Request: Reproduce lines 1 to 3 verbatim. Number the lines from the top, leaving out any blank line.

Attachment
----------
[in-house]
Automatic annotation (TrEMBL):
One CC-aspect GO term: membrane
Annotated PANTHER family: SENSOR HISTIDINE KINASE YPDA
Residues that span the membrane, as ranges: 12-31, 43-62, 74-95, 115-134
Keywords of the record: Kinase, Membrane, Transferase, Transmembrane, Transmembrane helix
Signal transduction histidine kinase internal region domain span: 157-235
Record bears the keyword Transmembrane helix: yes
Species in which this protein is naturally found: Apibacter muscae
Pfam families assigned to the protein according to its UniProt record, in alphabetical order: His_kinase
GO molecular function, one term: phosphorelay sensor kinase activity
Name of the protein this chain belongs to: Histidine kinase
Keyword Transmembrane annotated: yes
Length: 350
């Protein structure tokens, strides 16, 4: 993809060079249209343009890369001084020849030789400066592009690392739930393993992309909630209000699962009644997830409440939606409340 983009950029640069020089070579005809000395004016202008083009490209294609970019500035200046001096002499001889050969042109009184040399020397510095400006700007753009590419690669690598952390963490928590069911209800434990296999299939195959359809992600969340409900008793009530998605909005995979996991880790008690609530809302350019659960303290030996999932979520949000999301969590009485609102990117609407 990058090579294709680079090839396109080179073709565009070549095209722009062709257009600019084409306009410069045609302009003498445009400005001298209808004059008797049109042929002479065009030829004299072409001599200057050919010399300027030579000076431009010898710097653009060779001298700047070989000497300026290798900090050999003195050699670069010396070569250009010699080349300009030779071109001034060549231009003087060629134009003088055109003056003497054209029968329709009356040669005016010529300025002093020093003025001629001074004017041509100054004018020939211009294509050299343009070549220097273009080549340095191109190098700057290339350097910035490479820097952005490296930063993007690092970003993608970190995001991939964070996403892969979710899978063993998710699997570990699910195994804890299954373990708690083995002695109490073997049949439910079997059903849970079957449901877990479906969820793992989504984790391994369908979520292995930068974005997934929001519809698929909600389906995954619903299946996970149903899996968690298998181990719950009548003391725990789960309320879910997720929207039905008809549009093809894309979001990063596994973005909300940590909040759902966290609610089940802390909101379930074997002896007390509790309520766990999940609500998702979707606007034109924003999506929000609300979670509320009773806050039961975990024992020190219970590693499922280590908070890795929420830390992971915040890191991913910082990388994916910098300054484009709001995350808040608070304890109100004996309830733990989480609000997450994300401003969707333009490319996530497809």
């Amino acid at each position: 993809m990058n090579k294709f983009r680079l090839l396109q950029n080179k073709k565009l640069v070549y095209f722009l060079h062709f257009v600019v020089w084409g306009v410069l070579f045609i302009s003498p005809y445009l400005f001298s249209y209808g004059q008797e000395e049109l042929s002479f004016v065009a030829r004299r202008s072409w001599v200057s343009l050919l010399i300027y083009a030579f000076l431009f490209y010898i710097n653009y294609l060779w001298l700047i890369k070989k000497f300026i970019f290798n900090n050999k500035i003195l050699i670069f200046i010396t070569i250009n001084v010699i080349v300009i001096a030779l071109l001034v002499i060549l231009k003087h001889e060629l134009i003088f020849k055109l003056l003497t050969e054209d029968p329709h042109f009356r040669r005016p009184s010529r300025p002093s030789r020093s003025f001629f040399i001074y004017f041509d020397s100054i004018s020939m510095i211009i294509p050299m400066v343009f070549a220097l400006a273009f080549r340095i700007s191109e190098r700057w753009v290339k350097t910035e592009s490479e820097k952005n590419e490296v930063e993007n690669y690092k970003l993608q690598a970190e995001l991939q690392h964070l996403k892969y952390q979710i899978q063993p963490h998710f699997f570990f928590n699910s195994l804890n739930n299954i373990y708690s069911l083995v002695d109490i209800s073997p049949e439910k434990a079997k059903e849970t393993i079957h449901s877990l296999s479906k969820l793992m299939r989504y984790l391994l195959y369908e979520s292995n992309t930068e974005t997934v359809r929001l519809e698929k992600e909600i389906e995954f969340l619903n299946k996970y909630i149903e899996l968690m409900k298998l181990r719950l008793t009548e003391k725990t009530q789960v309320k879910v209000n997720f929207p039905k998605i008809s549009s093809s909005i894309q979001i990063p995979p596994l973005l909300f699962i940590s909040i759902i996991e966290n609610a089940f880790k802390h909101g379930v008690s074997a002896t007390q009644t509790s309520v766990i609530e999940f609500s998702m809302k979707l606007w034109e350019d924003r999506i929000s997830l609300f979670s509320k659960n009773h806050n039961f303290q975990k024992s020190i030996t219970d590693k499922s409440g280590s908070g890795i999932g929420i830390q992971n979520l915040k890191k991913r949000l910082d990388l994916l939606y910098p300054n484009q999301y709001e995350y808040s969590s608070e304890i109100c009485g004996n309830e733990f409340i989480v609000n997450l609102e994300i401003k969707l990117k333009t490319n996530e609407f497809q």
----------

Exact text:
[in-house]
Automatic annotation (TrEMBL):
One CC-aspect GO term: membrane